Wednesday, September 12, 2012

Easing the interface problem

Re-creating the i4004 CPU is a fun project, but the proof is in creating a running system of some sort. The obvious target is a replica of the Busicom calculator, especially since the firmware for it is available.

The thought of re-creating another set of chips — 4001s, 4002s, and 4003s — really isn't appealing. Nor is developing a bunch of discrete glue logic for modern RAMs, ROMs and I/O ports. Not when there's an easier, more flexible approach: a small FPGA. Unfortunately, the days of 5V FPGAs is past; most will do 3.3V but internally use 2.5V or even 1.2V. That means adding level converters, just like on the test jig.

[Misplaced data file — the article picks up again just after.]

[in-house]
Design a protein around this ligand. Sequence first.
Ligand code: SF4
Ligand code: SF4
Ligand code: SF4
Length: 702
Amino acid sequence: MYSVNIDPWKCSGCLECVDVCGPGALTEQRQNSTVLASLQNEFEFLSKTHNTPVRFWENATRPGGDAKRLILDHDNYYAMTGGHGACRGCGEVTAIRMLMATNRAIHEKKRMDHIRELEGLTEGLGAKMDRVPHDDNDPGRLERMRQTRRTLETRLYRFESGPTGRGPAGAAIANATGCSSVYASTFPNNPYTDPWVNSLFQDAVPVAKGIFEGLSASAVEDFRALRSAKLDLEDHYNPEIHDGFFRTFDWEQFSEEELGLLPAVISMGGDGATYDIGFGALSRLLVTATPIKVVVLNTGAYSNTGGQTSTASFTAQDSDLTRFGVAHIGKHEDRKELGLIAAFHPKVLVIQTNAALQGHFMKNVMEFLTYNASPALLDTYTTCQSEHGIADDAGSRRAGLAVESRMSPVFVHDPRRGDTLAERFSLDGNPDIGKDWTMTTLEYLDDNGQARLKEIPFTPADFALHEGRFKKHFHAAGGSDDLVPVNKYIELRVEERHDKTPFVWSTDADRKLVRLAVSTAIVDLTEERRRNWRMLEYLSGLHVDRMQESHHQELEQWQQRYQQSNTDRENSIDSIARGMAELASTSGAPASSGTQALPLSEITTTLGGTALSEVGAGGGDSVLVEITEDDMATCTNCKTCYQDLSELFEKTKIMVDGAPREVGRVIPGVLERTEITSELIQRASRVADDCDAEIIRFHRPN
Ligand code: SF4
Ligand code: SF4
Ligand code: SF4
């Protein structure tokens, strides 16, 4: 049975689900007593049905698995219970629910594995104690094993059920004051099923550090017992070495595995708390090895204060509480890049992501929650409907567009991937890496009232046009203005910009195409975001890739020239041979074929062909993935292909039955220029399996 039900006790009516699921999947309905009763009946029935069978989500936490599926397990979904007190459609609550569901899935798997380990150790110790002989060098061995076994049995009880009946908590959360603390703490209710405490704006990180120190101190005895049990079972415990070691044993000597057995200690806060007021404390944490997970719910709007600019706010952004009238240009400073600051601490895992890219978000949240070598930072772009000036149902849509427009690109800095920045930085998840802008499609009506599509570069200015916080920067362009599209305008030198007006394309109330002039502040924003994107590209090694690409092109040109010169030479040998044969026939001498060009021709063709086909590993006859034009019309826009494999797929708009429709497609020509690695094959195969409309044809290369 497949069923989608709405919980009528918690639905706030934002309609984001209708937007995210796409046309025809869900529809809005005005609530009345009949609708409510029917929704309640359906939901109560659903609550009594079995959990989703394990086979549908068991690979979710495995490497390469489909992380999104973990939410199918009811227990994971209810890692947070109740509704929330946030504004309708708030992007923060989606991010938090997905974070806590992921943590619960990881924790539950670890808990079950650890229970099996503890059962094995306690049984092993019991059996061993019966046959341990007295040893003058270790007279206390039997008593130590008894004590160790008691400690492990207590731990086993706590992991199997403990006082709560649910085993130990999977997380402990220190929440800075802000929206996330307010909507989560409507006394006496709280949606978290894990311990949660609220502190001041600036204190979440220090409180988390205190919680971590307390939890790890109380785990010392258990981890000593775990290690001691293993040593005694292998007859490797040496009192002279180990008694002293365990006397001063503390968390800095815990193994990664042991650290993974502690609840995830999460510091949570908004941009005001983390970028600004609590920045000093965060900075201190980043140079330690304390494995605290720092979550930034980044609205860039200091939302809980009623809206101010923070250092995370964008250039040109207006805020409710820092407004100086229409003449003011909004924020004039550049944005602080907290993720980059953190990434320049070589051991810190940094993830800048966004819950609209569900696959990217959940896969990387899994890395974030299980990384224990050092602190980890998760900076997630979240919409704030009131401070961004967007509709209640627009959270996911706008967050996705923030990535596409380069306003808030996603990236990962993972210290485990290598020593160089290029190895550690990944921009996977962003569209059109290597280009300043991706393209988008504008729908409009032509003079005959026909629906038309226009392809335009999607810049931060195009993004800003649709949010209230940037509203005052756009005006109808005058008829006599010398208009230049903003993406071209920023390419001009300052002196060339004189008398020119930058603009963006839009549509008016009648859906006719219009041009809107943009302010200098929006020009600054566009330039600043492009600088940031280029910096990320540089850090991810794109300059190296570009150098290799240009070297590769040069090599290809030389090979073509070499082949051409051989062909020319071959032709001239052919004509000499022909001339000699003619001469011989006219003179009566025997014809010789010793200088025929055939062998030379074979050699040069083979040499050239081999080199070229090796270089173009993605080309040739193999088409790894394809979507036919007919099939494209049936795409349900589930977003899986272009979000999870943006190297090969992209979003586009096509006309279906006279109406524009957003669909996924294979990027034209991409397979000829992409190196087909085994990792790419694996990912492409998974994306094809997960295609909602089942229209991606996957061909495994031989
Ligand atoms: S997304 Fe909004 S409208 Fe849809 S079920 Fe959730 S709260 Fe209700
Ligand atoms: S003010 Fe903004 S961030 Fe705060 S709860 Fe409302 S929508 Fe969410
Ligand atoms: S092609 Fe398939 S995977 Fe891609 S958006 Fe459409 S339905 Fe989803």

That got me thinking... the FPGAs use one voltage for the core logic, and a different voltage for the I/O circuits. Why couldn't I do the same on my i4004 replica? All the external I/O interfaces are on one board, and it'll be the last board I make. If I connect the drains of the high-side FETs to a separate Vio pin, I should be able to run the I/O interfaces at 3.3V while the rest of the i4004 runs at 5V. That'd make it easier to work with.

Unfortunately this won't work for the test jig, which uses FPGA logic to drive and monitor internal signals. I have 25 FDV301s already mounted on "Surfboard®" adapter boards, and another 40 Surfboards as yet unused, with less and less need for them. I might as well put them to use protecting the Spartan-3E reference board.

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